The plurality of layers may be formed from discrete separate layers which may be the same or different, or may be formed from a continuous length of cloth folded repeatedly in concertina fashion to produce the plurality of layers or may be formed from combinations of separate lengths folded in concertina fashion and stacked together or combinations of separate lengths folded in concertina fashion and discrete separate layers, stacked together.
c) Carbon and Graphite Cloth Layers
In accordance with the invention it has surprisingly been found that cloth materials which rely on carbon or graphite for electrical conductivity not only achieve a wide range of heat generation on compression, but heat increase is achieved rapidly on application of relatively minor compressive force.
In particular, the cloth material which may, for example, be woven, non-woven, knitted or felted may be carbon cloth, graphite cloth, carbon felt, graphite felt, graphite impregnated cloth such as graphite impregnated carbon cloth, carbon impregnated cloth or graphitized carbon cloth.
The carbon and graphite cloths and felts are formed by carbonizing or graphitizing cloths and felts of organic fibers, filaments, monofilament yarns and multi-filament yams which may be synthetic, for example, polyacrylonitrile fibers, filaments or yarns, or natural, for example, cotton.
Carbon cloths deteriorate in the presence of oxygen at temperatures above 400° C. and graphite cloths deteriorate at temperatures above 700° C. In applications where these cloths are employed for development of temperatures above these levels, chemical treatment of the cloths to inhibit oxidation, may be necessary, or exclusion of oxygen by confining the heating element in an inert atmosphere.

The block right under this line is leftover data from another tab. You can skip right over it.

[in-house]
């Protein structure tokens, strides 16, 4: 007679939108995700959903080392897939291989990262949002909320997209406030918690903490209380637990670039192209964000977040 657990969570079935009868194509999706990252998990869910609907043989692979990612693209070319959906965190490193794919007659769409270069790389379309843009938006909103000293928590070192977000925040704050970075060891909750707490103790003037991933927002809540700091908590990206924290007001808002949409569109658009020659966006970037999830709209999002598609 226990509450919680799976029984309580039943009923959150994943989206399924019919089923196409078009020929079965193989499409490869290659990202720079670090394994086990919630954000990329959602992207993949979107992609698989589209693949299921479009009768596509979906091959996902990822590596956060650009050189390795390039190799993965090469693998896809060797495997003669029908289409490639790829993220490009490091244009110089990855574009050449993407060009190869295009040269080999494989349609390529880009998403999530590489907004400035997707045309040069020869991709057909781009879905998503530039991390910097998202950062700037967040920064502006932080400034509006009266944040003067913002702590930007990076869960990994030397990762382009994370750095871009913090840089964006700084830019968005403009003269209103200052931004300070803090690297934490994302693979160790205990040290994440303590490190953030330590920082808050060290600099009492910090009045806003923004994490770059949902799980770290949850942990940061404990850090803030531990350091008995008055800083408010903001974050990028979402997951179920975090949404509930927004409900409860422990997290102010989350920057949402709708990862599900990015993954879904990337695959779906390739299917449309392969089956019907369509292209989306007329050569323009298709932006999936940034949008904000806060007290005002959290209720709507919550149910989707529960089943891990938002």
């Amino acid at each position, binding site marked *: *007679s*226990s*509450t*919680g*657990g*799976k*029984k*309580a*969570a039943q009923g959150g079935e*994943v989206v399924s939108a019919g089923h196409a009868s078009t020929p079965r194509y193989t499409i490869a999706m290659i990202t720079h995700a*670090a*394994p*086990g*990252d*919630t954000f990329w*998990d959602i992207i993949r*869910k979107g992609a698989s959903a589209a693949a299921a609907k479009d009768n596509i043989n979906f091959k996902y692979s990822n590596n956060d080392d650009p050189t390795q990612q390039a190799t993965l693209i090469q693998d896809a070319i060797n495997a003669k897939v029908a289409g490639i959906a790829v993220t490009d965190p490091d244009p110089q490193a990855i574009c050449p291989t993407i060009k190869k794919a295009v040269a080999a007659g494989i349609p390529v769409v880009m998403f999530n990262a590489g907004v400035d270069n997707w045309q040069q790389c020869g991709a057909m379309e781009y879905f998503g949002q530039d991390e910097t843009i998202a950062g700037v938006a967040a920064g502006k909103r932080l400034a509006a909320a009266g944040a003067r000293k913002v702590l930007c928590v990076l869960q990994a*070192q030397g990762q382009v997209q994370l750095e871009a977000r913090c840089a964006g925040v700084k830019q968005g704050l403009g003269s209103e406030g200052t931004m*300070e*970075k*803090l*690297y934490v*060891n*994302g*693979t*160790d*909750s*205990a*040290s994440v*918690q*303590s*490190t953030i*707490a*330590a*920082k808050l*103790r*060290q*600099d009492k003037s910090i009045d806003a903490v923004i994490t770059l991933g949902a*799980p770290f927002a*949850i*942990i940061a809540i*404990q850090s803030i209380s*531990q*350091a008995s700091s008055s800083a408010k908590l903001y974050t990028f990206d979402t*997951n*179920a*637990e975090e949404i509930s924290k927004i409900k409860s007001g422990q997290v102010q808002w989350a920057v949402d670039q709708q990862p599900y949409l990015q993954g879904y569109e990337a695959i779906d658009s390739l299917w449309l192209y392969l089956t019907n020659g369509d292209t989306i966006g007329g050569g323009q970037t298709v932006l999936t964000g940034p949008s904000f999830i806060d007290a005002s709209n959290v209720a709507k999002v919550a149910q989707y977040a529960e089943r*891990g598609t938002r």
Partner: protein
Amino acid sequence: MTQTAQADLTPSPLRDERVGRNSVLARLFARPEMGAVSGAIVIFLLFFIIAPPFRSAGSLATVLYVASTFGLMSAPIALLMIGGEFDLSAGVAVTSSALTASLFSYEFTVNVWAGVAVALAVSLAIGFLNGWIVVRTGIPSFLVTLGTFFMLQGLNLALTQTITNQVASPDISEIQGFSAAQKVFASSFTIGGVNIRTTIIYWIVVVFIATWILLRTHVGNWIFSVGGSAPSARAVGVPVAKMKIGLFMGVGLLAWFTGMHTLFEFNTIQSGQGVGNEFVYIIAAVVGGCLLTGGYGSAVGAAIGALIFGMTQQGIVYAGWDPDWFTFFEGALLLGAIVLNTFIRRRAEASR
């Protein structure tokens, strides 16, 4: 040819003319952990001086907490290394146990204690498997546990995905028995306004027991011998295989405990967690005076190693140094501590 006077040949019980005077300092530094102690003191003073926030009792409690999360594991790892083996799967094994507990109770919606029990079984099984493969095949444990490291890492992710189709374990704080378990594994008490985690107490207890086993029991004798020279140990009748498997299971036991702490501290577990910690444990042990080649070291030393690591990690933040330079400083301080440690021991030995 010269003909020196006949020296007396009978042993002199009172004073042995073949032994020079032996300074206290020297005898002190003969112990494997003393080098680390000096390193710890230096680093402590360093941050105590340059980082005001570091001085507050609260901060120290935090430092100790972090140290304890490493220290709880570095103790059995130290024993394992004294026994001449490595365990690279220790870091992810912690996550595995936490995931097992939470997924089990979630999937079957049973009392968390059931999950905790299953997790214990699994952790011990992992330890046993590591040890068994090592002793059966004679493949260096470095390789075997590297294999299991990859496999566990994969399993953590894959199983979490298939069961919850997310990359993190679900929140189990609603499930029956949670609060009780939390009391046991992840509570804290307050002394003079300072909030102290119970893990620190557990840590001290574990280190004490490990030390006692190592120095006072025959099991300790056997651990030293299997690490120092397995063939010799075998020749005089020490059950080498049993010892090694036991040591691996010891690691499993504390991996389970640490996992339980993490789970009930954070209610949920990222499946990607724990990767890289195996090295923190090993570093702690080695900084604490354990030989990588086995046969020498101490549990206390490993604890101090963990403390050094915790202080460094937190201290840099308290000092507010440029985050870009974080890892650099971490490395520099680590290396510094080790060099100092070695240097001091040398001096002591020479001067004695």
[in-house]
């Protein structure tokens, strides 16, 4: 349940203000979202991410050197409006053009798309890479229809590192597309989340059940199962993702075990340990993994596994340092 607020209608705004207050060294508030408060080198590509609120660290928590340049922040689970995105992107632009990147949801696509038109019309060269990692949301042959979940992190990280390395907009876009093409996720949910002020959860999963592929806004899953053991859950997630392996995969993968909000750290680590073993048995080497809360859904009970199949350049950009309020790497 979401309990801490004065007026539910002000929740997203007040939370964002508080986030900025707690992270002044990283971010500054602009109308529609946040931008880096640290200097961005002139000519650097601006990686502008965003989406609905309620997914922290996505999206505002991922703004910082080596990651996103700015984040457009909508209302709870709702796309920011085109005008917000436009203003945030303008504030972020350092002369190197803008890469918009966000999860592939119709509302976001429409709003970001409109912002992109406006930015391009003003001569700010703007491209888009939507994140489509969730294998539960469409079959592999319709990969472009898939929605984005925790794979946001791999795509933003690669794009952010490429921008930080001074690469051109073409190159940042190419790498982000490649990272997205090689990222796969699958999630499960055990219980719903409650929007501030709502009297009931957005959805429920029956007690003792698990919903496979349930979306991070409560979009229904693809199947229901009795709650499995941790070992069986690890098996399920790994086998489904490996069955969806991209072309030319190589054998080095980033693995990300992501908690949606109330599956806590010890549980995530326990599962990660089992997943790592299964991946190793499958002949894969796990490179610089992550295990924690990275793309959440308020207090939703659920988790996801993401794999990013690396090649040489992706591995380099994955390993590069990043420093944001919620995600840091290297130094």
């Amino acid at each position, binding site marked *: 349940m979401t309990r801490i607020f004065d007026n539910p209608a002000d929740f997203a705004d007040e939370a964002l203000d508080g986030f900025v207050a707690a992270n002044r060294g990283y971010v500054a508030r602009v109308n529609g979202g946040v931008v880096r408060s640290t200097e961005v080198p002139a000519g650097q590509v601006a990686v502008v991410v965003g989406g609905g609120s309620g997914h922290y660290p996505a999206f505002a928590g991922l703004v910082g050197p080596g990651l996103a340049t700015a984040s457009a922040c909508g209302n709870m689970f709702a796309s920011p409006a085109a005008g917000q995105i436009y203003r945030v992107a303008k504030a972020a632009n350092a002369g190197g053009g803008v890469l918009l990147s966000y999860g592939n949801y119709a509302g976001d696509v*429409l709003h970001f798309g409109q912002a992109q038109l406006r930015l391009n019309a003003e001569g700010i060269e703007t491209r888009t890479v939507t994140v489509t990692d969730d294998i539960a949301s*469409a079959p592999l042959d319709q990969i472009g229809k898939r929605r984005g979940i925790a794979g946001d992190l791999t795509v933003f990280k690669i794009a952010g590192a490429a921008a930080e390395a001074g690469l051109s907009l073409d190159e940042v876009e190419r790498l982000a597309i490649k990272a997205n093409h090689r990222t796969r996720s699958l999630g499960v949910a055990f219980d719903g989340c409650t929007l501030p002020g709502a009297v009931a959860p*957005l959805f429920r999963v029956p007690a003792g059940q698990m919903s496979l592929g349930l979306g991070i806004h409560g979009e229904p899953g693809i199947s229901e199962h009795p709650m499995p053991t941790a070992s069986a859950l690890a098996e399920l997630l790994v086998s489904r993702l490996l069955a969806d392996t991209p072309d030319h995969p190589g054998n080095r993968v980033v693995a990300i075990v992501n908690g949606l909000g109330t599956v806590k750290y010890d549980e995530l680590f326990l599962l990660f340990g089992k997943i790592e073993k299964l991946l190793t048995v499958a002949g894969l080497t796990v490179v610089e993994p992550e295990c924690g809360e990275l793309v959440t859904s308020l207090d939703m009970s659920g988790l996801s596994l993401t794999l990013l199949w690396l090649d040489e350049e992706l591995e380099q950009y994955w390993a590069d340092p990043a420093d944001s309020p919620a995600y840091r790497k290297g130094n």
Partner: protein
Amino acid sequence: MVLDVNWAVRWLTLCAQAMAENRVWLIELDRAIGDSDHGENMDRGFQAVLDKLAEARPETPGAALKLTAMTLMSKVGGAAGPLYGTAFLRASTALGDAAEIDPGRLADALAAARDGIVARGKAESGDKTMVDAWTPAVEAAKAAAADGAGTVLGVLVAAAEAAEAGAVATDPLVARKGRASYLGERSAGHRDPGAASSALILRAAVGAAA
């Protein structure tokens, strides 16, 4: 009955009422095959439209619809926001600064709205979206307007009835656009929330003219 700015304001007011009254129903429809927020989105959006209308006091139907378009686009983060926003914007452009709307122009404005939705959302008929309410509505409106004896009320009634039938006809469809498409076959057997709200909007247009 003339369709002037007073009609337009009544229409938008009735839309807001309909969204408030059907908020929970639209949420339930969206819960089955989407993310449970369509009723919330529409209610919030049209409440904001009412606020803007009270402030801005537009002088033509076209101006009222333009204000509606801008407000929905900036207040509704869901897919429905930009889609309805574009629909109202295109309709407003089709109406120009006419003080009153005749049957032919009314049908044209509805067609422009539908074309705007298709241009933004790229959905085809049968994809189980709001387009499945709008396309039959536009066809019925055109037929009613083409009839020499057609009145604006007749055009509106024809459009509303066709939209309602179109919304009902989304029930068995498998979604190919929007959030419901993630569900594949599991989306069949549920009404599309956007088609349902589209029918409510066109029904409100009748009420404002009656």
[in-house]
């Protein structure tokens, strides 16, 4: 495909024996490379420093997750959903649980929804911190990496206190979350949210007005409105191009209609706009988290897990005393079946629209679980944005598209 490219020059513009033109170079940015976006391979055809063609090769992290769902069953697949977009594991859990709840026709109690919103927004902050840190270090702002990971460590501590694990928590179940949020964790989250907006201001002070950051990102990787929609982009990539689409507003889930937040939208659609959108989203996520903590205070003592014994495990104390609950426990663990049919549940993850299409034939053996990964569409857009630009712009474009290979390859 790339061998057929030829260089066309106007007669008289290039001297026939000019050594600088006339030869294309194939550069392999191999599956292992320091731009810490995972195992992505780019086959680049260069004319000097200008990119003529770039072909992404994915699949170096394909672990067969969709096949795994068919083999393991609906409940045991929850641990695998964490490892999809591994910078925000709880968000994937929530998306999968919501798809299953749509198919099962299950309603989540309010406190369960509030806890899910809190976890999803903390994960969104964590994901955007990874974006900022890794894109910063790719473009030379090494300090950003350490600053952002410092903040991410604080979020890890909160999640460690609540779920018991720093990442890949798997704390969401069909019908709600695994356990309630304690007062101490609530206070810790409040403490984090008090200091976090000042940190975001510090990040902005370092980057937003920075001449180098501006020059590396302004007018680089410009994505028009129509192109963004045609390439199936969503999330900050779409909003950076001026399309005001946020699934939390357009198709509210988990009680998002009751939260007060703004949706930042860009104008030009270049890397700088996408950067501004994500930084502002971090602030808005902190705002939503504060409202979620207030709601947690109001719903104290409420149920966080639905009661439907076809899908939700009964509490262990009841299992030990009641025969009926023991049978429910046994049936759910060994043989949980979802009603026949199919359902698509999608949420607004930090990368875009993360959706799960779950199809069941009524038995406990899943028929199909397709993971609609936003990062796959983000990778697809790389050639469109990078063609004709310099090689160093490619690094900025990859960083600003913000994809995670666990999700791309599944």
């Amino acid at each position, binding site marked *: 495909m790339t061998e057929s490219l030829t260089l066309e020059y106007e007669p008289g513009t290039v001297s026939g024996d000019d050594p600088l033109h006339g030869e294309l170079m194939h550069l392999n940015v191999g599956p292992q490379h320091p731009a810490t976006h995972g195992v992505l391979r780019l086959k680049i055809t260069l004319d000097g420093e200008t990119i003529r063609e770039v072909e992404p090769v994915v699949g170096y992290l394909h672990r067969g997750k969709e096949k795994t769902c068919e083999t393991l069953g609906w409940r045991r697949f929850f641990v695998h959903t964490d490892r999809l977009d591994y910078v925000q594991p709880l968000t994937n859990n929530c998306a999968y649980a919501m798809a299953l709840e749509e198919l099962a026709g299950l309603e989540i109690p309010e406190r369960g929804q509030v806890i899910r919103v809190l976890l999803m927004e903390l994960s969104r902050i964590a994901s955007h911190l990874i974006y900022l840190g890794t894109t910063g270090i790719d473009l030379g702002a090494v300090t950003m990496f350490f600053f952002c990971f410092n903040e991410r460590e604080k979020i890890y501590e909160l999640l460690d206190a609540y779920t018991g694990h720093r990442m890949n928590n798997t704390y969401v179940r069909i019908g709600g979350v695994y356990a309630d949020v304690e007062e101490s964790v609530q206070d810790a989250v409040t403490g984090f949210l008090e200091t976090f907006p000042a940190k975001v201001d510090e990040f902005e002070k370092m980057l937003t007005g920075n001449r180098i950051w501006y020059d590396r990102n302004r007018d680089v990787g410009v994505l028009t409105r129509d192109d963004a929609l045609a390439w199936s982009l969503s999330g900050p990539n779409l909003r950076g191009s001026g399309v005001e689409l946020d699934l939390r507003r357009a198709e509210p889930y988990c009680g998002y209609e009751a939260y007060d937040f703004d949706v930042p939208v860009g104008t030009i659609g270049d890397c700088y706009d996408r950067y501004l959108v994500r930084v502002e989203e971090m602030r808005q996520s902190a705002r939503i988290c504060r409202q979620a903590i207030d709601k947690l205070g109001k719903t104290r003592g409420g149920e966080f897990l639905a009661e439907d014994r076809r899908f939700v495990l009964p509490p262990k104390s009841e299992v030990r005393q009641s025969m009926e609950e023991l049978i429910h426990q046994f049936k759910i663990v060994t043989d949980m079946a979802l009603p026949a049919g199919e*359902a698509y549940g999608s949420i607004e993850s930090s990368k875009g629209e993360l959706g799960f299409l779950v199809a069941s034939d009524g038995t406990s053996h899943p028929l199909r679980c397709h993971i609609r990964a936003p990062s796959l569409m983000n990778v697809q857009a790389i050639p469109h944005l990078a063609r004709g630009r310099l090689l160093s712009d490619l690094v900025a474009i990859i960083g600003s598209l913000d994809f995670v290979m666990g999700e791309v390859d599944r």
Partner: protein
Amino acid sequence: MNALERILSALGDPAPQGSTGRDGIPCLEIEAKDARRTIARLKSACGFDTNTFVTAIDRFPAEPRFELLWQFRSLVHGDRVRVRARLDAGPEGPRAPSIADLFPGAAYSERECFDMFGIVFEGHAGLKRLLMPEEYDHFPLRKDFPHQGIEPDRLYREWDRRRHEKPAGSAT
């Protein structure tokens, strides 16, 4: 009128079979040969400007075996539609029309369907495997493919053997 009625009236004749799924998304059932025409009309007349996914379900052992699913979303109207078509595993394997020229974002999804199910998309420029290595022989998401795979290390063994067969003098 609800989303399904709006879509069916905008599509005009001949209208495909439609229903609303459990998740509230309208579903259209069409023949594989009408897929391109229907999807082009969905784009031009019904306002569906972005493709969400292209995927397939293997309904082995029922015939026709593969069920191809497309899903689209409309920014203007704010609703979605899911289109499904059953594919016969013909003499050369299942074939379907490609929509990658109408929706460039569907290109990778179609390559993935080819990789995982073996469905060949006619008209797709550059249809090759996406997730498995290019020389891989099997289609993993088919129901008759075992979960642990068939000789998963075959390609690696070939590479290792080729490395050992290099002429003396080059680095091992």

d) Compressive Force
In especially preferred embodiments the resiliently compressible, electrically conductive cloth material layers are disposed in the separating space between a pair of spaced apart electrodes such that the outermost layers of the plurality of layers are in electrical contact with the electrodes, thereby providing a path for flow of electric current between the electrodes.
In this case, one or both of the electrodes is adjustably positionable to alter the distance separating the electrodes, i.e., the length of the separating space. Adjusting the position of one or both of the electrodes to vary the distance separating them provides the compressive or decompressive force on the plurality of cloth layers.